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Replacing screens on windows takes only 30 minutes each

Q: The screens on my windows are tattered and look terrible. I would like to change them, but I’ve never done it before. Please give me the basics so that I don’t pull my hair out.


It just doesn’t get much easier than this. It will likely take you less than 30 minutes per window.

Before you buy the materials, though, check out the frames of the window screens. If they are bent or twisted, you should replace them.

A kit for a 4-by-4-foot window, which will allow you to replace the screen’s frame and rescreen the window, will cost about $35. The kits come in different colors and finishes, but they are all easy to assemble. The kit will include four pieces of frame, four corner pieces to hold the frame together, two pull tabs, two tension springs, screening material and a rubbery cord (called a spline).

Let’s assume you need to replace the frame in addition to rescreening the window.

The easiest way to get the dimension of the frame is to remove the old screen and measure the frame. You will simply use the old frame’s dimensions to build the new frame. Be careful though not to take exact measurements from a damaged frame. If the frame is damaged, measure the height and width of the window.

Take note of the depth of the grooves in the window where the new frame will sit. I usually add an extra ⅛ inch to ¼ inch to the dimensions of the frame if the grooves in the window will allow for it. That way the screen won’t rattle when the wind blows.

Once you have the dimensions, you will need to consider the size of each corner piece.

The corner pieces are typically ¾-inch square; since you will use two of them, you would have an extra 1½ inches in length added to your measurements. You will then need to subtract this length from your measurements.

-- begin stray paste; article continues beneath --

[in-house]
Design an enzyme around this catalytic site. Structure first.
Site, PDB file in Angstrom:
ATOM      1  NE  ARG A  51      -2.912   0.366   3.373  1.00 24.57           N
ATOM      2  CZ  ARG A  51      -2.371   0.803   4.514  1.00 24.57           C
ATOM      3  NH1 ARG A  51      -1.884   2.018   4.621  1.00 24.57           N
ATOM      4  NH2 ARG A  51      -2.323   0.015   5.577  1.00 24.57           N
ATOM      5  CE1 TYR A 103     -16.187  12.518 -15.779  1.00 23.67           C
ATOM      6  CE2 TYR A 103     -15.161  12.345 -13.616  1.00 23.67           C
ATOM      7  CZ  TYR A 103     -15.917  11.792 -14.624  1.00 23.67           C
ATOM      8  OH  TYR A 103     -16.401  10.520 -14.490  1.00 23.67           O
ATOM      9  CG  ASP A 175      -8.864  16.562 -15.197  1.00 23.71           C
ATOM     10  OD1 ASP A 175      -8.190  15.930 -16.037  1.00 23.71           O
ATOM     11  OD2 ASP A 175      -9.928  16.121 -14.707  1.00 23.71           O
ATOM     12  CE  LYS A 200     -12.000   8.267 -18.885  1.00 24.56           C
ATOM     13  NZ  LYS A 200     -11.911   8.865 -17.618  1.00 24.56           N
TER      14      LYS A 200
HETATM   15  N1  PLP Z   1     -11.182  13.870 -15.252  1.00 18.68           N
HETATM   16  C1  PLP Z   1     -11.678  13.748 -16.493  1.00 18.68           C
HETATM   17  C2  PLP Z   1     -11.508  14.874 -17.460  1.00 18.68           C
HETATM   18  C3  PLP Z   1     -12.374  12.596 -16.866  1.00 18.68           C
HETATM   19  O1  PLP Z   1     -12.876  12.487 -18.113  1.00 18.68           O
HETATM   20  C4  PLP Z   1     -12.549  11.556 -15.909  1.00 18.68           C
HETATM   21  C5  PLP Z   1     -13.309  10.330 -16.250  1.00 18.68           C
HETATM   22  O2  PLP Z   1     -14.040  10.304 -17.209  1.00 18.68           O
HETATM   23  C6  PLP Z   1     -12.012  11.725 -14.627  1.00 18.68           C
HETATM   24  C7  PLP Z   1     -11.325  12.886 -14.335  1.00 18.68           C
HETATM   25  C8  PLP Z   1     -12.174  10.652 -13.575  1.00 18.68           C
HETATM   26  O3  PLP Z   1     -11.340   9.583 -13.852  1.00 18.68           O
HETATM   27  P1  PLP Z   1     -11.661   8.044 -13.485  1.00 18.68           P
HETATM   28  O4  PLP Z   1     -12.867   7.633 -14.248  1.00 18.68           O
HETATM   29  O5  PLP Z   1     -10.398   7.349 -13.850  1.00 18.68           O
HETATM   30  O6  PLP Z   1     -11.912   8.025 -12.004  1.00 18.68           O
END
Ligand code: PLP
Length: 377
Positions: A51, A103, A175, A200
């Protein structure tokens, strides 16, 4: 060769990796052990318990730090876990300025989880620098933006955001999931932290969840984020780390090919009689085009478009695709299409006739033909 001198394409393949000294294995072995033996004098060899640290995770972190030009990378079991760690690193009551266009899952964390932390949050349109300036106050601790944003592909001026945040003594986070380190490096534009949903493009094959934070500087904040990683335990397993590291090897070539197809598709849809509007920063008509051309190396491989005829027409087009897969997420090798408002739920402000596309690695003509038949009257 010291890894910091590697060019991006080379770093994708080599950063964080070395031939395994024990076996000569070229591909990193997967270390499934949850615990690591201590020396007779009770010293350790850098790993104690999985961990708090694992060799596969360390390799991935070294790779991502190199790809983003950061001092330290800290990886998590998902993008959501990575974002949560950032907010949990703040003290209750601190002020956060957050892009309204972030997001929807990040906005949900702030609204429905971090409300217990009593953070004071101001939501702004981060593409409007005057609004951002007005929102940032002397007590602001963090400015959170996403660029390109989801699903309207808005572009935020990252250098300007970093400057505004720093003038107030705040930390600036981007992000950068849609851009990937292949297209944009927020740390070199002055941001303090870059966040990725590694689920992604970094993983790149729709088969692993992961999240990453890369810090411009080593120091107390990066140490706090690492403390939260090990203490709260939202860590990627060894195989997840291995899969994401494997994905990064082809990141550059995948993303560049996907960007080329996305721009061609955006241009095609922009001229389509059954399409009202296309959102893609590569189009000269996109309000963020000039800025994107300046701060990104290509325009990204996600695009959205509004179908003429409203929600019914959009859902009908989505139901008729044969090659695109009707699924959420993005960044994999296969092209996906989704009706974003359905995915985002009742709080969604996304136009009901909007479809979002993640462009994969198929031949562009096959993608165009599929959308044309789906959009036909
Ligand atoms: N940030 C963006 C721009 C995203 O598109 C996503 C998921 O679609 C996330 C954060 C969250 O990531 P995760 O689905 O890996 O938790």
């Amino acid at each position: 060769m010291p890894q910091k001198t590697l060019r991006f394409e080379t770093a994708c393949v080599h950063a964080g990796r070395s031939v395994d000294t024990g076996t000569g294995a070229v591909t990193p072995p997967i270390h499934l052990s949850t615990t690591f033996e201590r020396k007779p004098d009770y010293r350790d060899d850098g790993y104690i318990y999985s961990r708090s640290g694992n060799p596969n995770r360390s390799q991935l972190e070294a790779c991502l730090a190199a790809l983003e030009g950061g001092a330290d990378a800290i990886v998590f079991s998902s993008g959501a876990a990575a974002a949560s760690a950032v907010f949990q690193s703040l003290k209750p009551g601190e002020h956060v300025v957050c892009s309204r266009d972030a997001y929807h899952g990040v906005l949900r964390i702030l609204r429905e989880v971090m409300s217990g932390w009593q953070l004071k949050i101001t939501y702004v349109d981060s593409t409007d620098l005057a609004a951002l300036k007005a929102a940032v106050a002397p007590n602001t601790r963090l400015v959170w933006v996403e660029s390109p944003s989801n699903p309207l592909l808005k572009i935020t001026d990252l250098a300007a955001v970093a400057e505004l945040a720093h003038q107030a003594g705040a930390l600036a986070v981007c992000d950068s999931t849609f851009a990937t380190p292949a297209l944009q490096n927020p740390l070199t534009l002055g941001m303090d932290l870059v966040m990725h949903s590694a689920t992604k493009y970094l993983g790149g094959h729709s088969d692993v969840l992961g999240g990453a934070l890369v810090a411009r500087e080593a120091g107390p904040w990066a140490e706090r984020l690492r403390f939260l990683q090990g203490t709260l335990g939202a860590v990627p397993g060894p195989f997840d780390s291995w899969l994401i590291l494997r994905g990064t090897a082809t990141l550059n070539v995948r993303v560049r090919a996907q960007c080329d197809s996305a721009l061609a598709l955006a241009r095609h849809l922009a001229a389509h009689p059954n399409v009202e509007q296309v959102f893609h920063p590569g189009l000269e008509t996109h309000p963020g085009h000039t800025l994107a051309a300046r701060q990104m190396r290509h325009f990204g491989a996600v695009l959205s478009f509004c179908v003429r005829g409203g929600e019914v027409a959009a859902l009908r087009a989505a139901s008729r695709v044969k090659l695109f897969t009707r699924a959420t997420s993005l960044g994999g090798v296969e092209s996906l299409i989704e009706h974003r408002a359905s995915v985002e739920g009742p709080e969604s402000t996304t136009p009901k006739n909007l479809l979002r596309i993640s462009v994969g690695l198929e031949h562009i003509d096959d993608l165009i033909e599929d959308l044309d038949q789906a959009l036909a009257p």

Cut the frame with a hacksaw, and make sure the cut is square or the corner pieces won’t fit securely. As you put the frame together, insert the tension springs into the bottom piece of the frame, then insert the corner pieces to hold the springs in place.

Take the completed frame to the window and make sure it fits. If it doesn’t fit well, trim it with the hacksaw until it does. When you are satisfied with the fit, it’s time to add the screening.

Place the frame on a flat surface with the grooved side facing up. (If you are reusing the old frame, use a small standard screwdriver to pry out the spline from the groove and remove the old screen). Cut a piece of screen so that it extends over the frame by a few inches on each side.

I suggest you buy a screening tool (about $5). This tool is nothing more than a handle with a small wheel on either side. It works like a pizza cutter, except that it pushes the cord into the frame’s groove to hold the screen material in place. You can try using a standard screwdriver, but be careful not to rip the screen with the sharp edge of the screwdriver.

Cut the corners diagonally so that the screen doesn’t wrinkle, and starting at a corner, push the cord (with the screen) into the groove.

As you roll the cord into the groove, gently pull the screen over the frame to keep it taut (if you choose to use the pull tabs, place them under the cord before rolling). Remember, though, that the frames are flimsy metal, and that if you pull the screening material too tightly, the frame may twist.

Once the cord has been inserted all around the frame, use a utility knife and trim the excess screen by running it along the perimeter of the frame.

Mike Klimek is a licensed contractor and owner of Las Vegas Handyman. Questions may be sent by email to handymanoflasvegas@msn.com. Or, mail to 4710 W. Dewey Drive, No. 100, Las Vegas, NV 89118. His web address is www.handymanoflasvegas.com.

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